The RED Fairy Book - online children's book

Illustrated classic fairy tales for children by Andrew Lang

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foot of the great marble staircase. At the sight of the hideous creature he almost fell backwards.
' What! ' he cried. ' Is this the wonderful beauty ? '
' Yes, father, it is she,' replied Desire with a sheepish look. ' But she has been bewitched by a wicked sorceress, and will not regain her beauty until she is my wife.'
' Does she say so ? Well, if you believe that, you may drink cold water and think it bacon,' the unhappy Tubby answered crossly.
But all the same, as he adored his son, he gave the gypsy his hand and led her to the great hall, where the bridal feast was spread.
The feast was excellent, but Desire hardly touched anything. However, to make up, the other guests ate greedily, and, as for Tubby, nothing ever took away his appetite.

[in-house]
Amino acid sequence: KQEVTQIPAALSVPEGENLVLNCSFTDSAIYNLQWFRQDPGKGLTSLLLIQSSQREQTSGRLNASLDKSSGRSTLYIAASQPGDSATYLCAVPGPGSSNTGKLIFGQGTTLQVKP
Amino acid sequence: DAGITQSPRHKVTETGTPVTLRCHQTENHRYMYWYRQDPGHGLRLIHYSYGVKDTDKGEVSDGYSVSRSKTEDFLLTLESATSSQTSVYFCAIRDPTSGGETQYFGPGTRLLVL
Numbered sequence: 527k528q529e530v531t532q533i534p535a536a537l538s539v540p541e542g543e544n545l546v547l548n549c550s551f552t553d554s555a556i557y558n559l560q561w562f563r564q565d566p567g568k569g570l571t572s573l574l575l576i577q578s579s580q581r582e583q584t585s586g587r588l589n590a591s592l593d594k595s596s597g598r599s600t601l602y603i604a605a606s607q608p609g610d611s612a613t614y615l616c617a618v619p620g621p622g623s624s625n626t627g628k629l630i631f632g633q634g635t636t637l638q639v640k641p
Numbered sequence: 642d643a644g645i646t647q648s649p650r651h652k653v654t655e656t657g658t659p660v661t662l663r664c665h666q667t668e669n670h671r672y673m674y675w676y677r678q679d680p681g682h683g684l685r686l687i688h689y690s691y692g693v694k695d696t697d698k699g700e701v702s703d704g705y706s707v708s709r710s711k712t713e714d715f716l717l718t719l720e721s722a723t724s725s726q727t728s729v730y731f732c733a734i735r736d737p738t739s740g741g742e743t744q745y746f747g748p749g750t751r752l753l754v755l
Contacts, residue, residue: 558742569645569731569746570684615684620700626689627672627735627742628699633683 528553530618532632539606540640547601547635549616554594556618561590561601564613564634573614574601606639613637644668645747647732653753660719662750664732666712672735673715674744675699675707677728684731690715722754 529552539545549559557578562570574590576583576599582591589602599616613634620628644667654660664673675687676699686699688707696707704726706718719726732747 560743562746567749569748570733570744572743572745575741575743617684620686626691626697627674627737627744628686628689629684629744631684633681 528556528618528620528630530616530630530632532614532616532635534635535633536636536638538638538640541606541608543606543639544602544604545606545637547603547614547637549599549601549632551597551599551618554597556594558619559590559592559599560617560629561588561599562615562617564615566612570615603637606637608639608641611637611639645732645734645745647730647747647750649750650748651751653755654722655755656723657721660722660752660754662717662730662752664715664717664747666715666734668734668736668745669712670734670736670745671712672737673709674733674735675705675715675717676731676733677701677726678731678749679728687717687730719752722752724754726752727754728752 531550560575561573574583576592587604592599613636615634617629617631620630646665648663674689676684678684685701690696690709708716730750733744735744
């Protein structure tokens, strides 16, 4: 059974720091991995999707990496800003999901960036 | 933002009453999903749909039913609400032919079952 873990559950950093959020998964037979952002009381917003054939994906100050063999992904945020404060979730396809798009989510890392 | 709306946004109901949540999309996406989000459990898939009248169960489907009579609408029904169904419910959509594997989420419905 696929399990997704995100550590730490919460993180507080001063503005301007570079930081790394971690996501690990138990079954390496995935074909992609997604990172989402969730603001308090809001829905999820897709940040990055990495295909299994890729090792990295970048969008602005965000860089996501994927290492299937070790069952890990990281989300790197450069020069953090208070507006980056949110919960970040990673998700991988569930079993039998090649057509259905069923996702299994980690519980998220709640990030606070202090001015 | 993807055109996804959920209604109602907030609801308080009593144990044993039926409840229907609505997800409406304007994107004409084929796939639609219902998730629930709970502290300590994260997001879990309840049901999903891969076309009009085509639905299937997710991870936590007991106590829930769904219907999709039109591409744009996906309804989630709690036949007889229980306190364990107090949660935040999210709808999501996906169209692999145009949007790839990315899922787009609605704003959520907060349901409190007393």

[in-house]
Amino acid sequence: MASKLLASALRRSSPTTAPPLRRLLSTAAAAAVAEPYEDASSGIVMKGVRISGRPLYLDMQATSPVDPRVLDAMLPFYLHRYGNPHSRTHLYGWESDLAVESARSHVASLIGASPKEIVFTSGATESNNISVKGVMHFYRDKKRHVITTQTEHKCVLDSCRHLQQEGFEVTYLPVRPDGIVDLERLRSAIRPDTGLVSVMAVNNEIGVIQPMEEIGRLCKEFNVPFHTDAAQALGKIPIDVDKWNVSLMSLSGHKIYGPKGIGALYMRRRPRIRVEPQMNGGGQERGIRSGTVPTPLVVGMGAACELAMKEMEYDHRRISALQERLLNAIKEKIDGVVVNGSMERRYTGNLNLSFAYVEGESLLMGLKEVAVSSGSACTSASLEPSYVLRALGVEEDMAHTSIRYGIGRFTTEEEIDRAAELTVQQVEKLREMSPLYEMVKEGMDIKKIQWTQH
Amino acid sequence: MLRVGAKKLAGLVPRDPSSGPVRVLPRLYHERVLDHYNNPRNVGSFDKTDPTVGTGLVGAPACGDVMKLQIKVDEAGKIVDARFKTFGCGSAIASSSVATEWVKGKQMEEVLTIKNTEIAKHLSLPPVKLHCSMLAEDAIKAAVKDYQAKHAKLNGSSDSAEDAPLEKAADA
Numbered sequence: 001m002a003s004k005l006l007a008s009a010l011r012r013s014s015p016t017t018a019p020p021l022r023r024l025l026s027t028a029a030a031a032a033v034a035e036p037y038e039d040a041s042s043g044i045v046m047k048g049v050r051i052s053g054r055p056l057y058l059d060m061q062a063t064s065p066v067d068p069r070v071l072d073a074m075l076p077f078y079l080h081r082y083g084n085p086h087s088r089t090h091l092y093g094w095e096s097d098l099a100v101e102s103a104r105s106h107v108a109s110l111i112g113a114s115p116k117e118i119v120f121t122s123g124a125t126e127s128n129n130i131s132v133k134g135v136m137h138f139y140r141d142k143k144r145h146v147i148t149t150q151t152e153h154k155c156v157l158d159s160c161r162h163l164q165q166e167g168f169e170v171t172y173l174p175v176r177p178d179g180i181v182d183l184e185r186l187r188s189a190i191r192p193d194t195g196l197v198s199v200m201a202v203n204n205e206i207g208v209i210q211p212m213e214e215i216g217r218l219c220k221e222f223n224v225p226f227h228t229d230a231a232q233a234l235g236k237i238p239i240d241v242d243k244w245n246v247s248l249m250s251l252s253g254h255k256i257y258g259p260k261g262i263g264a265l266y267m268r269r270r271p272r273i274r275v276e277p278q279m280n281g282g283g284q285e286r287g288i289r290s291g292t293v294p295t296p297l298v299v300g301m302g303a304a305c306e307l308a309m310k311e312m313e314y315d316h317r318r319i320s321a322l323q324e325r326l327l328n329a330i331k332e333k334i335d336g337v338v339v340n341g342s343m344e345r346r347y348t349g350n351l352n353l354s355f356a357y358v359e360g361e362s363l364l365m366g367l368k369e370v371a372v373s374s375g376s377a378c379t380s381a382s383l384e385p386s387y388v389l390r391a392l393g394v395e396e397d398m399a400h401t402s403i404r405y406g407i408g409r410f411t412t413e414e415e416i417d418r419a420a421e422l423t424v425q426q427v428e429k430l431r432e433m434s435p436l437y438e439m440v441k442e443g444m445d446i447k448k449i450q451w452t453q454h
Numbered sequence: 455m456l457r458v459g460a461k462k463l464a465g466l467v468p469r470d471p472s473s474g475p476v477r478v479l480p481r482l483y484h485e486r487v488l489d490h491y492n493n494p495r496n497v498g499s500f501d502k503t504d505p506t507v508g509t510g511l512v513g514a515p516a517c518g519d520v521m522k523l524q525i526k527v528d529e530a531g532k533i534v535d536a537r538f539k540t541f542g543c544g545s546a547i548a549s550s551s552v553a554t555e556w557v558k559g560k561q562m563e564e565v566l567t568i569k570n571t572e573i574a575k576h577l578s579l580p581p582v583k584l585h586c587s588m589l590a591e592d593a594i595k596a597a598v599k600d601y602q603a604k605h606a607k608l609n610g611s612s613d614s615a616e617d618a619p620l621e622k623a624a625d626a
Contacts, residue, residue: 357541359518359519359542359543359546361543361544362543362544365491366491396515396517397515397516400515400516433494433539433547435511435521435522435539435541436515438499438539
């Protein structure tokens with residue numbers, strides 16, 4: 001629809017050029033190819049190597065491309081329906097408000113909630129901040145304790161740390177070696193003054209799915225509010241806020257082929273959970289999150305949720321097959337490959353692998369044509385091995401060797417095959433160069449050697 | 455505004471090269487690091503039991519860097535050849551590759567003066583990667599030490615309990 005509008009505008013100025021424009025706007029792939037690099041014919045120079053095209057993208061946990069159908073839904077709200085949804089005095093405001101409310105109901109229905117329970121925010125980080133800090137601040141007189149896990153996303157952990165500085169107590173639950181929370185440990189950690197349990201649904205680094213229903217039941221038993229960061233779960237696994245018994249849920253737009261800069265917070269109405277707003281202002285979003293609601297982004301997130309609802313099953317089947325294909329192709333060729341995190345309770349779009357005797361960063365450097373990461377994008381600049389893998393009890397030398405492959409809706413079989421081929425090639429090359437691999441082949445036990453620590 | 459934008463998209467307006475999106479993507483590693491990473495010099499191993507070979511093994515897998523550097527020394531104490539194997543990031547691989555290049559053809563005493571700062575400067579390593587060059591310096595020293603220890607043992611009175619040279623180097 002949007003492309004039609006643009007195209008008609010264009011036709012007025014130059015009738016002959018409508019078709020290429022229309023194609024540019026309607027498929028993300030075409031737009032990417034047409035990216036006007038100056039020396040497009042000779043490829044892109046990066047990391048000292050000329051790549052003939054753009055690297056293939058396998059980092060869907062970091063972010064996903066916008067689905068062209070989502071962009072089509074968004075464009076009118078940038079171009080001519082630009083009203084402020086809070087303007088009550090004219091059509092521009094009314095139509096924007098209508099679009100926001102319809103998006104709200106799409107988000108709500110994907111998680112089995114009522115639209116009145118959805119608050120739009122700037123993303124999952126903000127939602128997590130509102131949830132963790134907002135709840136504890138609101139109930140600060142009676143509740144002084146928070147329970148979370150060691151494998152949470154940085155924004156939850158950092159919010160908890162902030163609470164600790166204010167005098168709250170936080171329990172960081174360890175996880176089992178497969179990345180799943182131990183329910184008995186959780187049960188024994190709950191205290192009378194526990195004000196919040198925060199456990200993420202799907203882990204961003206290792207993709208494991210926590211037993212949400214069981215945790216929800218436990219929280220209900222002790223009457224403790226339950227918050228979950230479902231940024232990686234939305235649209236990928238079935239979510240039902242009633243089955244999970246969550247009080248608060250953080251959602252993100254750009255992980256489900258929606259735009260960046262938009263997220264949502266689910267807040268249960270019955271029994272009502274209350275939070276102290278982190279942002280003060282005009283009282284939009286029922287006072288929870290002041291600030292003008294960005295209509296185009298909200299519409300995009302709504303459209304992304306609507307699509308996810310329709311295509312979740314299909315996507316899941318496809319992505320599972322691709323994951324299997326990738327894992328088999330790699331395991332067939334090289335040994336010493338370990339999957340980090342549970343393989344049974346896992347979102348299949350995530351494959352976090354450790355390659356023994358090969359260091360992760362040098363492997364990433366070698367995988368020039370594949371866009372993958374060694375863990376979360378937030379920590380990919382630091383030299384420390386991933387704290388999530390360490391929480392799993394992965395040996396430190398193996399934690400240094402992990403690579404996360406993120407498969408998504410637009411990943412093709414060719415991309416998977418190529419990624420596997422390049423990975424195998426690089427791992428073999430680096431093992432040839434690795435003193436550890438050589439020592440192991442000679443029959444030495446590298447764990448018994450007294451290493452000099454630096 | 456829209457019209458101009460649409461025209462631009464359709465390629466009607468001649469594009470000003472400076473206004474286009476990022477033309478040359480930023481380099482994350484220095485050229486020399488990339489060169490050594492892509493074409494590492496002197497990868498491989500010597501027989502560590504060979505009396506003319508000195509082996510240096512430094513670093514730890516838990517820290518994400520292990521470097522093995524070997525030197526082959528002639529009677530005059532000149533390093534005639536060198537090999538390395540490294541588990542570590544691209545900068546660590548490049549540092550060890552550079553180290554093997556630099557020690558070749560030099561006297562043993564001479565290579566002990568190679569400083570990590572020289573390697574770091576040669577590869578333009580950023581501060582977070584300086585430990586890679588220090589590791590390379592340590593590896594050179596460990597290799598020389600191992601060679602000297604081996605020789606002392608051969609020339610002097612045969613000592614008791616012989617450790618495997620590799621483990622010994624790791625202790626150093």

When the moment arrived to serve the roast goose, there was a pause, and Tubby took the opportunity to lay down his knife and fork for a little. But as the goose gave no sign of appearing, he sent his head carver to find out what was the matter in the kitchen.
Now this was what had happened.
While the goose was turning on the spit, a beautiful little canary hopped on to the sill of the open window.
' Good-morning, my fine cook,' she said in a silvery voice to the man who was watching the roast.
' Good-morning, lovely golden bird,' replied the chief of the scullions, who had been well brought up.
' I pray that Heaven may send you to sleep,' said the golden bird, '■ and that the goose may burn, so that there may be none left for Titty.'
And instantly the chief of the scullions fell fast asleep, and the goose was burnt to a cinder.
When he awoke he was horrified, and gave orders to pluck another goose, to stuff it with chestnuts, and put it on the spit.
While it was browning at the fire, Tubby inquired for his goose a second time. The Master Cook himself mounted to the hall to make his excuses, and to beg his lord to have a little patience. Tubby showed his patience by abusing his son.
' As if it wasn't enough,' he grumbled between his teeth,' that the boy should pick up a hag without a penny, but the goose must go and burn now. It isn't a wife he has brought me, it is Famine herself.'
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